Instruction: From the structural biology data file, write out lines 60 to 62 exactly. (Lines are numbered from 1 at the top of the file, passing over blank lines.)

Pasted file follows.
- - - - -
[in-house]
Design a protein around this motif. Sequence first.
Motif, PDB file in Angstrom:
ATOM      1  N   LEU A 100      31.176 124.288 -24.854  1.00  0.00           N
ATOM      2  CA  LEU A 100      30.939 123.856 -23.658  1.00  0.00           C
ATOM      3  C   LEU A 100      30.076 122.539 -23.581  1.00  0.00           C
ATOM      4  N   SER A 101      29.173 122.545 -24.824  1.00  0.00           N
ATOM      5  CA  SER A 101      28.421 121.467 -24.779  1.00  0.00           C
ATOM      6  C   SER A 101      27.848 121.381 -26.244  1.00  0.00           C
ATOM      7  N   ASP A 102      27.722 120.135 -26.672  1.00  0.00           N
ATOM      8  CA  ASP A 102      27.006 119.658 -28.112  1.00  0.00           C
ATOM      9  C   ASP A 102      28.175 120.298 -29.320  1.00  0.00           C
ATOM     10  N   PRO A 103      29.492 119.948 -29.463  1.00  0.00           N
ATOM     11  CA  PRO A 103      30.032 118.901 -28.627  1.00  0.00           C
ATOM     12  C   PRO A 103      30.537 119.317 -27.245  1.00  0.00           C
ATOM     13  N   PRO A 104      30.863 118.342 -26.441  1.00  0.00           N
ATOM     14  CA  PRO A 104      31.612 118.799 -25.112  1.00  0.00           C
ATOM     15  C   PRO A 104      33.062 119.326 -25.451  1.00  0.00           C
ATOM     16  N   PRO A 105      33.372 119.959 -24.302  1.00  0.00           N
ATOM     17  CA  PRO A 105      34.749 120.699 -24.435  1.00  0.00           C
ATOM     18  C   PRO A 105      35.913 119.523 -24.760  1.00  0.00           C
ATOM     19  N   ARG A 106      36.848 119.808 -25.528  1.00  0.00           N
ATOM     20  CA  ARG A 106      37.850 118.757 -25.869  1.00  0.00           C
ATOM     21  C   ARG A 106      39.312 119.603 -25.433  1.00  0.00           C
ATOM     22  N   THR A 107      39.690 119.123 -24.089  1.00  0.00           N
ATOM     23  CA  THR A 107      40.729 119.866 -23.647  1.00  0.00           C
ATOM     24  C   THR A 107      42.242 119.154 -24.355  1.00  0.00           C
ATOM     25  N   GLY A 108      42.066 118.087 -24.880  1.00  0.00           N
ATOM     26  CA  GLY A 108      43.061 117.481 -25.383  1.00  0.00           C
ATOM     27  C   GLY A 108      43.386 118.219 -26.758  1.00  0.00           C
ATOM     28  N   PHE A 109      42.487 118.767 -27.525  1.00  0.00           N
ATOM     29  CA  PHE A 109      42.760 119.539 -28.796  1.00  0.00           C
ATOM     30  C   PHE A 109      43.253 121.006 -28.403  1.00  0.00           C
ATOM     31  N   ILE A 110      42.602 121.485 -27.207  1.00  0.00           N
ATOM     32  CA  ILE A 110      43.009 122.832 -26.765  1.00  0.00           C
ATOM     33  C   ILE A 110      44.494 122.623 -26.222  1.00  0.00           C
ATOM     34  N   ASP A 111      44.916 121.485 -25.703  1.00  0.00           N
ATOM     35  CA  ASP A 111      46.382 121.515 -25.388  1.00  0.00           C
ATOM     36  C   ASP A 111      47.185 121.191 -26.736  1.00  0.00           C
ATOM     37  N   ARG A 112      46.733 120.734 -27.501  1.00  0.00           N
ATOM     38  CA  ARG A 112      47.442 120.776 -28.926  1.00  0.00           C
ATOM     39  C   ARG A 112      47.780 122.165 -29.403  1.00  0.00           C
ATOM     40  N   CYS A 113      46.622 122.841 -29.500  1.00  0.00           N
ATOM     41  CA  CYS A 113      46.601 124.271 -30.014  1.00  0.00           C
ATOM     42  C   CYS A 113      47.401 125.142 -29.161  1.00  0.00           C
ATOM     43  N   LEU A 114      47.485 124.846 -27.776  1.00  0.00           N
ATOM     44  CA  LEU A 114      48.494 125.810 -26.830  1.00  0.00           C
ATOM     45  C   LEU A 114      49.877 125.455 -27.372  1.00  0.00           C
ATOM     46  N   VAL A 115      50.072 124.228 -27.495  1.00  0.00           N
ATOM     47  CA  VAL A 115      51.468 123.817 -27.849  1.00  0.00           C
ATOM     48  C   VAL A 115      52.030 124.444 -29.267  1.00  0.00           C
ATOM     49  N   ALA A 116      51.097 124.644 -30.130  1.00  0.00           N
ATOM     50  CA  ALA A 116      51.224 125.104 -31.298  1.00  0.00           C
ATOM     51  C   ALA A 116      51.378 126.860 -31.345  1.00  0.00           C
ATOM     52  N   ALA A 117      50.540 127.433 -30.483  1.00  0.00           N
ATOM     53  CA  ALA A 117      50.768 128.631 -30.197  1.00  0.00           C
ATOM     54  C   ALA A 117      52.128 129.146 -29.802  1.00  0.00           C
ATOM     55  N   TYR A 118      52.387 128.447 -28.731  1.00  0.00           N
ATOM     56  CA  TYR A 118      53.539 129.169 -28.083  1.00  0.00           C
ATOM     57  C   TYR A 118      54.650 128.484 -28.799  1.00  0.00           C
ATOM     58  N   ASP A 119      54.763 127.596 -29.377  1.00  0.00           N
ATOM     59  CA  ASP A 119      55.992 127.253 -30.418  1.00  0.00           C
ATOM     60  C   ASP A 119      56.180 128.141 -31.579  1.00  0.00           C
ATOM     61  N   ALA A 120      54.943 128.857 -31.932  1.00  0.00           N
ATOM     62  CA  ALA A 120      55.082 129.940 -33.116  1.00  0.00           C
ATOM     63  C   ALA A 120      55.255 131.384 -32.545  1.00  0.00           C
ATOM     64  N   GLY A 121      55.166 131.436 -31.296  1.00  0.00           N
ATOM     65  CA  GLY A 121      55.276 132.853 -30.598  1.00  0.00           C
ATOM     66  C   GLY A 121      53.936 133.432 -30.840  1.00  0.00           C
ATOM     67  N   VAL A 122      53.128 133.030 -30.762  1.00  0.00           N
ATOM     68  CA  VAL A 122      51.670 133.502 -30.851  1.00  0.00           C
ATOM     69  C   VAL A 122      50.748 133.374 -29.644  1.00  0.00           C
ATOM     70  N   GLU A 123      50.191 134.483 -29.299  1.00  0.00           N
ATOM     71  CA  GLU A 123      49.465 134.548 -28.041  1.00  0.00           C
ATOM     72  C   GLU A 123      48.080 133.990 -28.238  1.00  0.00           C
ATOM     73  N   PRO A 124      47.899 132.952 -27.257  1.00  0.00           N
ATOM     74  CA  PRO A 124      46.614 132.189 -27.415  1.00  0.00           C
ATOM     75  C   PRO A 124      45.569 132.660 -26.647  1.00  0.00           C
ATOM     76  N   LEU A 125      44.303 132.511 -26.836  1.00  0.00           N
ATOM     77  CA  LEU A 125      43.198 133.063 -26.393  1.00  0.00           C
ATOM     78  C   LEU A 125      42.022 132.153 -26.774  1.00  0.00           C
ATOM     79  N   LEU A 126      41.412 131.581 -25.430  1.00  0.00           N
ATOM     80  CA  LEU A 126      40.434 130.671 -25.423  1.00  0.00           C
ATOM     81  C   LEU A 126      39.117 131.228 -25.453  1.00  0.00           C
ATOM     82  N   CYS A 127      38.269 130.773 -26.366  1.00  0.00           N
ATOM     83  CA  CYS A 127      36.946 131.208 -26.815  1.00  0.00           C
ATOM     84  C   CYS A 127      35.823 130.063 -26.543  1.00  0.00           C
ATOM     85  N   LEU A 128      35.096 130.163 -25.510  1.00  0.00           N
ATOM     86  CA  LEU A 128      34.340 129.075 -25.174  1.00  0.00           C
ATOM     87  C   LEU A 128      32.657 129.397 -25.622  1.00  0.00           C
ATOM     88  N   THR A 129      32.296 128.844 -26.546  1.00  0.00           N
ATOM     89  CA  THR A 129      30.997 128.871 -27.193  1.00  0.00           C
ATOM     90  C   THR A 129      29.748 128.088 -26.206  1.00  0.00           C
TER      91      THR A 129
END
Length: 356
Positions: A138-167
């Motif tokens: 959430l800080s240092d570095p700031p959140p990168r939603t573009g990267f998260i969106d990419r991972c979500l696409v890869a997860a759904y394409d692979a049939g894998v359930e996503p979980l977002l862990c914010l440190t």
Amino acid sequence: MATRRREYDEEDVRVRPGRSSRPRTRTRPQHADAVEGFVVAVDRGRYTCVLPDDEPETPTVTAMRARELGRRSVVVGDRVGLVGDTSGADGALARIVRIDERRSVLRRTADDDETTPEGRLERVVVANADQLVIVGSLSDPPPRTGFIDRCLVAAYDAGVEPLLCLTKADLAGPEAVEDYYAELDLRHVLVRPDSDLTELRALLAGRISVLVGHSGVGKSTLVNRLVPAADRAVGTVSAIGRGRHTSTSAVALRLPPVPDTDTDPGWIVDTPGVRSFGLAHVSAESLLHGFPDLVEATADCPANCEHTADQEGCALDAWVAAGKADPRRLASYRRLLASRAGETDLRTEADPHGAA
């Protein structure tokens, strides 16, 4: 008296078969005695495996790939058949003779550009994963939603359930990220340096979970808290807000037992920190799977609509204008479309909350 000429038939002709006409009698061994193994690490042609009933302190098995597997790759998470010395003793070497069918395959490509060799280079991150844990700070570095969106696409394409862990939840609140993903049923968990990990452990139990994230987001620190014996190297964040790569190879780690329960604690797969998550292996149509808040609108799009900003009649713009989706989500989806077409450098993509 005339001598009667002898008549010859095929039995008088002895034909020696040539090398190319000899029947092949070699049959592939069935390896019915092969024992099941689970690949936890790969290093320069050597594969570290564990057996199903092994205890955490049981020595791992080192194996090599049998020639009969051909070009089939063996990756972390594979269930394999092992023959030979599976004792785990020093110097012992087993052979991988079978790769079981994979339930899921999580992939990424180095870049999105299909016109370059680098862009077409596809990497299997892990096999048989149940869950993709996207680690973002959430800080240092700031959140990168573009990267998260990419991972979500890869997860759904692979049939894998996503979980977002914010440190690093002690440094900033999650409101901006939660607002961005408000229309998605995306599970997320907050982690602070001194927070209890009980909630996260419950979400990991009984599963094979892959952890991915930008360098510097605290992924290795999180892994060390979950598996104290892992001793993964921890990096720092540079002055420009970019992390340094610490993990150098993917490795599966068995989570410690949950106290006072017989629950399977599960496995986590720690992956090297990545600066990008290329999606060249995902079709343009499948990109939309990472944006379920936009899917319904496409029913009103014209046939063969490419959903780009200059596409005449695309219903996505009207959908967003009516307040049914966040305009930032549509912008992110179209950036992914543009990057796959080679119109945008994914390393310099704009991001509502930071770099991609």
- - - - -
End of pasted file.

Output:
ATOM     57  C   TYR A 118      54.650 128.484 -28.799  1.00  0.00           C
ATOM     58  N   ASP A 119      54.763 127.596 -29.377  1.00  0.00           N
ATOM     59  CA  ASP A 119      55.992 127.253 -30.418  1.00  0.00           C